5. 5. 5/18/16 5 9 Intelligent Devices • Replacing,complementing and amplifying our senses – Vision – Language processing – Touch • Providing access to huge silos of information • Processing a large amount of information in real time • Providing real time responses – Personal assistants – Safety – Etc. 10 Very Diverse • Worn devices • Body sensors • Driving devices • Home robots • Healthcare devices • Energy management • Smart consumer electronics
  6. 6. 5/18/16 6 11 Complex and Heterogeneous Systems • Multiple computing elements • A few general purpose • Most specialized in particular computing domains – Graphics – Image processing – Audio processing – Encryption – Object recognition – Speech recognition Qualcomm Snapdragon 820 Source: HotChips 2015 12 Key Enabling Technologies • Data analytics • Device and data security • Energy-efficient high performance
  7. 7. 5/18/16 7 13 Data Analytics • Huge amounts of unstructured data (“big data”) • The challenge – Find the useful data (a tiny percentage ofthishuge volume) – Derive useful information fromdata 14 Security • Interoperability implies accessibility • These devices will be used for very sensitive activities – Private data • Digital wallet • Housekey • Personaldata – Control systems • Health care • Car driving • Access control (e.g. home) • Threats are increasing Source: Symantec
  8. 8. 5/18/16 8 15 High Performance • Typical tasks performed by these devices will have high computing requirements – Pattern recognition • Objects in real scenes • Spoken words • Facial identities and expressions • Anomalies (e.g. potential hazards when driving) – Natural language processing – Image and audio processing – Decision making – Etc. 16 Energy Efficiency • Small wireless devices with very limited battery capacity • Performance (“intelligence”) is limited by energy-efficiency – Systempower = EnergyPerTask * TaskPerSecond – To keep powerconstant • EPT has to decrease at the same pace as TPS (performance) Reducing EPT is the key for delivering increased performance
  9. 9. 5/18/16 9 17 Reducing Vdd • Great impact in EPT – Lineareffect on frequency à almost lineareffect on performance (less due to memory stalls) – Exponential effect on leakage – Cubic effect on dynamic power • But it increases vulnerability 0 0.2 0.4 0.6 0.8 1 1.2 0.5 0.6 0.7 0.8 0.9 1 Relative Voltage Perf - 20% stall Freq Power Call for more resilient architectures 18 A Need for New Computing Models • Many simple units – Simple unitshave lowperformance but consume much lessenergy – More parallelismprovidesthe desired performance at much lowerenergy cost • Much less data movement – For performance and energy reduction • More specialized hardware • New ISA and programming paradigms – Oriented to “intelligence”-related tasks(e.g.classification)ratherthan numerical algebra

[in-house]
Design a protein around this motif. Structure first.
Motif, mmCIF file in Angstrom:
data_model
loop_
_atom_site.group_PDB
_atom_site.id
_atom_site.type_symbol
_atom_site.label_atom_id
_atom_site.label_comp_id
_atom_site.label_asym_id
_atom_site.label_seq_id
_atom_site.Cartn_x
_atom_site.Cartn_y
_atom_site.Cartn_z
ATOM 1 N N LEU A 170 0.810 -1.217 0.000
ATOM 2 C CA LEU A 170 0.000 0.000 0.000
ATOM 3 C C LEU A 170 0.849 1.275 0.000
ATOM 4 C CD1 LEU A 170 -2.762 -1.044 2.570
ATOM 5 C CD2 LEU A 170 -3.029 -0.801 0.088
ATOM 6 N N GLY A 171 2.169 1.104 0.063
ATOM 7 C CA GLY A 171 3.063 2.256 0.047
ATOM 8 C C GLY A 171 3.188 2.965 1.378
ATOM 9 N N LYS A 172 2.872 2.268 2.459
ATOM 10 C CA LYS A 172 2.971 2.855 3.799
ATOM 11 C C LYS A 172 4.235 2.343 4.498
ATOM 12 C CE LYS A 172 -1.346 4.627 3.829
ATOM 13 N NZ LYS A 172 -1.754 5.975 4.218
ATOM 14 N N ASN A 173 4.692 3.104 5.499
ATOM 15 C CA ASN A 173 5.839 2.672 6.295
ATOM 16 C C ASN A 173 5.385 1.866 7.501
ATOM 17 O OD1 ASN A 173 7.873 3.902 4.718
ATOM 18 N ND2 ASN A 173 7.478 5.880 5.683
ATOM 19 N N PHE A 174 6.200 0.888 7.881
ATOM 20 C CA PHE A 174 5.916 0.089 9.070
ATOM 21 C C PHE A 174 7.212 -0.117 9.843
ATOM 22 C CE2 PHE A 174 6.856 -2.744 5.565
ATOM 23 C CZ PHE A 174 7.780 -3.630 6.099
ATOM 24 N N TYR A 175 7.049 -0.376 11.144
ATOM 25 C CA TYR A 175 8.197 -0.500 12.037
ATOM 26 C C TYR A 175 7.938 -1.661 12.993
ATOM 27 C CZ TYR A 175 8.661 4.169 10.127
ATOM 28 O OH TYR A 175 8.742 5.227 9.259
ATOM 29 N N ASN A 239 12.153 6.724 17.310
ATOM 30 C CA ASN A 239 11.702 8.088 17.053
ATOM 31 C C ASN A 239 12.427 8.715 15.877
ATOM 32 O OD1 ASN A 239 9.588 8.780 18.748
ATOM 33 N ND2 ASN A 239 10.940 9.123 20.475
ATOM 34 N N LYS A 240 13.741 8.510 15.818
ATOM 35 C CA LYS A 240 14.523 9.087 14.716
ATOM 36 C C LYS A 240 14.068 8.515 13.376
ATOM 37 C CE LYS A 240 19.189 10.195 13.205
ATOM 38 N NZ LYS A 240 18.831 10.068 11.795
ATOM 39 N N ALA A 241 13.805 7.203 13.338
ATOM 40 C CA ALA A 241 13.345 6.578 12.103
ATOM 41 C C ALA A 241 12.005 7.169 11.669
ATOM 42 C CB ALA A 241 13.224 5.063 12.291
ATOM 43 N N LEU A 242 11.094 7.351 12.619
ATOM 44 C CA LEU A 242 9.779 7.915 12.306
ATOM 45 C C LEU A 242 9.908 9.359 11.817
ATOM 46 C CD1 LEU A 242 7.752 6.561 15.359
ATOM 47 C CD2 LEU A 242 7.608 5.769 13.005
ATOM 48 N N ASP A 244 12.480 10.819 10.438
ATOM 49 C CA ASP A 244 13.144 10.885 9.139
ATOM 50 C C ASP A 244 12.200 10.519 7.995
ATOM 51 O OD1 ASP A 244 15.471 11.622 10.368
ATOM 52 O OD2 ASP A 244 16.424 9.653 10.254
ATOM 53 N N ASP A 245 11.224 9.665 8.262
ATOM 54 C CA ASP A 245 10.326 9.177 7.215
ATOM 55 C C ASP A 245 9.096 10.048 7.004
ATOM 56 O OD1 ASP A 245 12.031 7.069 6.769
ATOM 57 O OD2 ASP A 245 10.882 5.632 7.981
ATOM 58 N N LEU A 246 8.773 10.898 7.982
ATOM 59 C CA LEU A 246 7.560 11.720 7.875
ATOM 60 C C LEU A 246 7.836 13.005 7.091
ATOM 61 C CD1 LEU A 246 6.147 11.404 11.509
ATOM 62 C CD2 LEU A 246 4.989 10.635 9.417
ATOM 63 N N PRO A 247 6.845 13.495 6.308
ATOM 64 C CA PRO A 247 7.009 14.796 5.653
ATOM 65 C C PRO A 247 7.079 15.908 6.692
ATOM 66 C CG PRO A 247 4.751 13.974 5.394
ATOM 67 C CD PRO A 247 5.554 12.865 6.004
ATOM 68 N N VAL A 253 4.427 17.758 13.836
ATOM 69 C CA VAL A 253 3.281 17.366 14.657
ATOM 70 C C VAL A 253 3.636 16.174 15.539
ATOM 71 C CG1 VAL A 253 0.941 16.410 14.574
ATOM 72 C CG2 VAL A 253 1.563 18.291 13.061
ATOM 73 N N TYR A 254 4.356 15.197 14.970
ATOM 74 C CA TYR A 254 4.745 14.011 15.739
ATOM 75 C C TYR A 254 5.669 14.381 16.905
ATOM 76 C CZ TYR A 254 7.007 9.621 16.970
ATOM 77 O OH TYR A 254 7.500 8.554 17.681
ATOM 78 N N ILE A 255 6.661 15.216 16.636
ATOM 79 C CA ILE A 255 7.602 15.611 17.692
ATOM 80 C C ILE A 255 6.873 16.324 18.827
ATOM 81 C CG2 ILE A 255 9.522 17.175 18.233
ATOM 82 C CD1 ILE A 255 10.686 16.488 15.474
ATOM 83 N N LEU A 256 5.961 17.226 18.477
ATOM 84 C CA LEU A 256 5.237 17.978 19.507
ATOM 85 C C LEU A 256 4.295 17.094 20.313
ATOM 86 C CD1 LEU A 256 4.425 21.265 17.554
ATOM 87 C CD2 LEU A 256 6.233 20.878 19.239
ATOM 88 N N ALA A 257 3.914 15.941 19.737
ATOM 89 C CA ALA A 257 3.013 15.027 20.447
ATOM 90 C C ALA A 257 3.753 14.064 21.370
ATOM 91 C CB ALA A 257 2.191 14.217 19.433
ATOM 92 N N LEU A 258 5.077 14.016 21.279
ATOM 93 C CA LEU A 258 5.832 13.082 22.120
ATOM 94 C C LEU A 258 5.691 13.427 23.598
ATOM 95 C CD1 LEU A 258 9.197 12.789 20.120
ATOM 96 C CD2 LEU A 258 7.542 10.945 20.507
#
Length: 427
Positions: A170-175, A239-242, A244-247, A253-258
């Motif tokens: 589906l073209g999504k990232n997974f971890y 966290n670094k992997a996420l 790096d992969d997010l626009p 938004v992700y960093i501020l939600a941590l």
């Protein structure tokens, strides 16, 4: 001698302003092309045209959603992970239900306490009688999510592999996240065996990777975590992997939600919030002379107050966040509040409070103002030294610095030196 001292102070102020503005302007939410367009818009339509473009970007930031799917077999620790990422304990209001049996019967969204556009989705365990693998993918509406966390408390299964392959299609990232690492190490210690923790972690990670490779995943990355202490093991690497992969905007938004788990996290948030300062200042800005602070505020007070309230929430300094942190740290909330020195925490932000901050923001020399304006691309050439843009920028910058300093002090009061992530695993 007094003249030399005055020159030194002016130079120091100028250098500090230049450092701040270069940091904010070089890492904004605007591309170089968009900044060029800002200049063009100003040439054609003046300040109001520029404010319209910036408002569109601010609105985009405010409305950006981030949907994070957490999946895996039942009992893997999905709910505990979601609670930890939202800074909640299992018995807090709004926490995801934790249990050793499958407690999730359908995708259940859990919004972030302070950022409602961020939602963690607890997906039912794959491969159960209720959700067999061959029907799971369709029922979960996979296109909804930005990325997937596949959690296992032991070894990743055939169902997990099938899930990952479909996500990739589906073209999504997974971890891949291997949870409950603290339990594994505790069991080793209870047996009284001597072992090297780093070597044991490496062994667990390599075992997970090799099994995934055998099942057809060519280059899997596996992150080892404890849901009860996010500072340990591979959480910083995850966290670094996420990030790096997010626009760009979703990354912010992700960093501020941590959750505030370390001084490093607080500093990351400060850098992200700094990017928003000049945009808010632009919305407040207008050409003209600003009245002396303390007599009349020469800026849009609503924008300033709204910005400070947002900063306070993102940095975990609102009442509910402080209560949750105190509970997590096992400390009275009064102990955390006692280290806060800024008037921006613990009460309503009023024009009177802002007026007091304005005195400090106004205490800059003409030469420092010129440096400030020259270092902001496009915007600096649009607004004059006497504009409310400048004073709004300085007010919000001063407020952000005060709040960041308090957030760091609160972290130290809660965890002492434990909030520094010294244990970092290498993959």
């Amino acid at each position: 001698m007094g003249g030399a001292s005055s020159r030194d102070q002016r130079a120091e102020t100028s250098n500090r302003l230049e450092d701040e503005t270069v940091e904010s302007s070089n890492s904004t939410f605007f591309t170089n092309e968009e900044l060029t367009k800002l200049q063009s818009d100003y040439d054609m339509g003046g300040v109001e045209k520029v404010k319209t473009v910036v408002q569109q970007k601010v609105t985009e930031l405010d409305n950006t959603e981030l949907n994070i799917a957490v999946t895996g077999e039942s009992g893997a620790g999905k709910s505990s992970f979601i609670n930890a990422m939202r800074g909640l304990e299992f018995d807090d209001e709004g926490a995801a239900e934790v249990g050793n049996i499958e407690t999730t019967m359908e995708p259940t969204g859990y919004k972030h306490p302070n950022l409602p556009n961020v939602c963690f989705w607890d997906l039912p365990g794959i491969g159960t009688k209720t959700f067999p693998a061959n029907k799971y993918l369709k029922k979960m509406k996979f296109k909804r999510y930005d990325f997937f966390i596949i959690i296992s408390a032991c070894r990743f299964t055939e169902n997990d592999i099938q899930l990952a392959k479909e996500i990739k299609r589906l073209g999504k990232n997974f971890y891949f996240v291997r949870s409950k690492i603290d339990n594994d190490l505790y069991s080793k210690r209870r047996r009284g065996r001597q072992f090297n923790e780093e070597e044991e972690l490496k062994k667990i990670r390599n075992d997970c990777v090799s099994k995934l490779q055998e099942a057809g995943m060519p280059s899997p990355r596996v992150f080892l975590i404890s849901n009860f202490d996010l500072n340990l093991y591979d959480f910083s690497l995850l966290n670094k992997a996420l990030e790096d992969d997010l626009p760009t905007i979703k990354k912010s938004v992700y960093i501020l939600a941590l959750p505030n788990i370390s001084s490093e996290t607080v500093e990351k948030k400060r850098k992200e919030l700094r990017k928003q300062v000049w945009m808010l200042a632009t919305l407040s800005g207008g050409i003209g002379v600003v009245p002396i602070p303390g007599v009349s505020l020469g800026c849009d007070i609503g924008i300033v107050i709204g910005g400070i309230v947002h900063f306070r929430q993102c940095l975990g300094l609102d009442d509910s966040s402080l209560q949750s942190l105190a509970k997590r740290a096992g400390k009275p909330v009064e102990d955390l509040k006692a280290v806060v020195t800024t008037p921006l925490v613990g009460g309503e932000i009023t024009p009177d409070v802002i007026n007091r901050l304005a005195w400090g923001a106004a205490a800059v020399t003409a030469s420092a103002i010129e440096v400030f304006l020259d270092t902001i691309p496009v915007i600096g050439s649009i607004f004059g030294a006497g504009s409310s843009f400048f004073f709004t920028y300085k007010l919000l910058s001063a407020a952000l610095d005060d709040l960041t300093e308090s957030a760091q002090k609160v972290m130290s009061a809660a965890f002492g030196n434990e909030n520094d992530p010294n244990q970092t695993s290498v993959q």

10. 10. 5/18/16 10 19 Example: Brain-Inspired Computing • Human brain is very good at some of these intelligence-related tasks – E.g. object recognition • Human brain uses a very different computing model with many good properties – Composed ofmany simple units – Highly parallel – Fault tolerant – With a very different programming paradigm:learning M. Sharad, C. Augustine, G. Panagopoulos, K. Roy, “Spin-Based Neuron Modelwith Domain WallMagnets as Synapse," IEEE Transactions on Nanotechnology, 20 20 Example of an Architecture A neuron A feed-forward neural network
  11. 11. 5/18/16 11 21 Deep Convolutional Networks • Deep Convolutional Network based on LeNet5 [1] – Multiple layers of different types – Suited for detection/recognition (e.g. image recognition) [1] LeCun et al., “Gradient-Based learning applied to document recognition”, Procs. of the IEEE, 1998. Feature extraction (convolution NN & subsampling) Classification (traditional NN) 22 Pham et al., “NeuFlow: Dataflow Vision Processing SoC”, IEEE MWSCAS, 2012. Great Potential in Energy-Efficiency
  12. 12. 5/18/16 12 23 Summary • Next revolution in computing – A broad variety of intelligent devices – Ubiquitous – Applications very different to typical number crunching • Calls for new computing paradigms – Orders of magnitude improvements in energy efficiency • Massiveparallelism • Error tolerant • Reduction in data movement • Moreheterogeneous and specialized hardware • New programming paradigms 24 “The question of whether computers can think is about as relevant as the question whether submarines can swim”, Edsger W. Dijkstra, 1984 Thank You!